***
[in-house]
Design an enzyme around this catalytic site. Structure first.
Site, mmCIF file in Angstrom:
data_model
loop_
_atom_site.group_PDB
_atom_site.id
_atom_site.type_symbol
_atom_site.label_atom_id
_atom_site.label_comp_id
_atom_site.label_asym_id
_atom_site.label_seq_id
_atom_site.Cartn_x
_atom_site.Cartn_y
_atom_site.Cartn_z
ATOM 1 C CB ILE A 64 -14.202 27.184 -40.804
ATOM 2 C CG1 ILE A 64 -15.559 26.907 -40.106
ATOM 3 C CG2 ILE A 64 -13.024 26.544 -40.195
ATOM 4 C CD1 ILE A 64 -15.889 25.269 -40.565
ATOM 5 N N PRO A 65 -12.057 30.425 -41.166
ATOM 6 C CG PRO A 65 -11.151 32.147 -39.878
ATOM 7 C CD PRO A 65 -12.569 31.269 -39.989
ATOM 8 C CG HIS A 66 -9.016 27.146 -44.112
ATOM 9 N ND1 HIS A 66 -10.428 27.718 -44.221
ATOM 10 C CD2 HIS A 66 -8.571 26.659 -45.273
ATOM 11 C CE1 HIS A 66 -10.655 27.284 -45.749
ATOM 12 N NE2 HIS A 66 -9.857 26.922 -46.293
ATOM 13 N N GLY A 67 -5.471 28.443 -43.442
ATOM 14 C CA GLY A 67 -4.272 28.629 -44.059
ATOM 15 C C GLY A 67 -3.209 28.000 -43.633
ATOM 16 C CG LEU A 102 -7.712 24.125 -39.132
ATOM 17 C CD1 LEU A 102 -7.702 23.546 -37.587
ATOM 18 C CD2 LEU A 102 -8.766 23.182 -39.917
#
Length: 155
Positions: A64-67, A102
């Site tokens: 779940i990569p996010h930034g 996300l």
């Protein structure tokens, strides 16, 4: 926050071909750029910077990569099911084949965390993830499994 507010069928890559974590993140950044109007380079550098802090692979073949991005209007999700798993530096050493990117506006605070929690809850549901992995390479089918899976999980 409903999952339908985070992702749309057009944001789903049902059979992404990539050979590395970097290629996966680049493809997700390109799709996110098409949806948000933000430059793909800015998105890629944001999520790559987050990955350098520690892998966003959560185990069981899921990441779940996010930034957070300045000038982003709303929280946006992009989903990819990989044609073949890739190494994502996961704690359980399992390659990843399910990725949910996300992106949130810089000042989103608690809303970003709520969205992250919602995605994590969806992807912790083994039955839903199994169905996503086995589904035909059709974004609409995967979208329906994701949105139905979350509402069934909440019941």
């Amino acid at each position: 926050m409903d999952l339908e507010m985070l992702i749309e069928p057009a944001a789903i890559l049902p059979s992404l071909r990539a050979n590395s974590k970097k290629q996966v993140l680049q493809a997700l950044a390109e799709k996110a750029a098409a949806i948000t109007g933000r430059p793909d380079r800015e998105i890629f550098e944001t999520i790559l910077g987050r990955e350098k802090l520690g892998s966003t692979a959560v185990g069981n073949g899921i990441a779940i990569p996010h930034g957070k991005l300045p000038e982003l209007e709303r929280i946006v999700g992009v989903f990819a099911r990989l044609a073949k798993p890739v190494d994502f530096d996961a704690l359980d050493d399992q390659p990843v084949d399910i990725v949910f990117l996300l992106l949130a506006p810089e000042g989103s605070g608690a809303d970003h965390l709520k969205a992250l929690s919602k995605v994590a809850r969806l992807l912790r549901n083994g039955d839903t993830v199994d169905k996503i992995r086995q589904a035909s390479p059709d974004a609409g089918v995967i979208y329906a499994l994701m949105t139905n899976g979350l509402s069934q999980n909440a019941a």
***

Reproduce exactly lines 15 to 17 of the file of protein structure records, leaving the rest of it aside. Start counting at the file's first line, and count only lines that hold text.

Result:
_atom_site.Cartn_z
ATOM 1 C CB ILE A 64 -14.202 27.184 -40.804
ATOM 2 C CG1 ILE A 64 -15.559 26.907 -40.106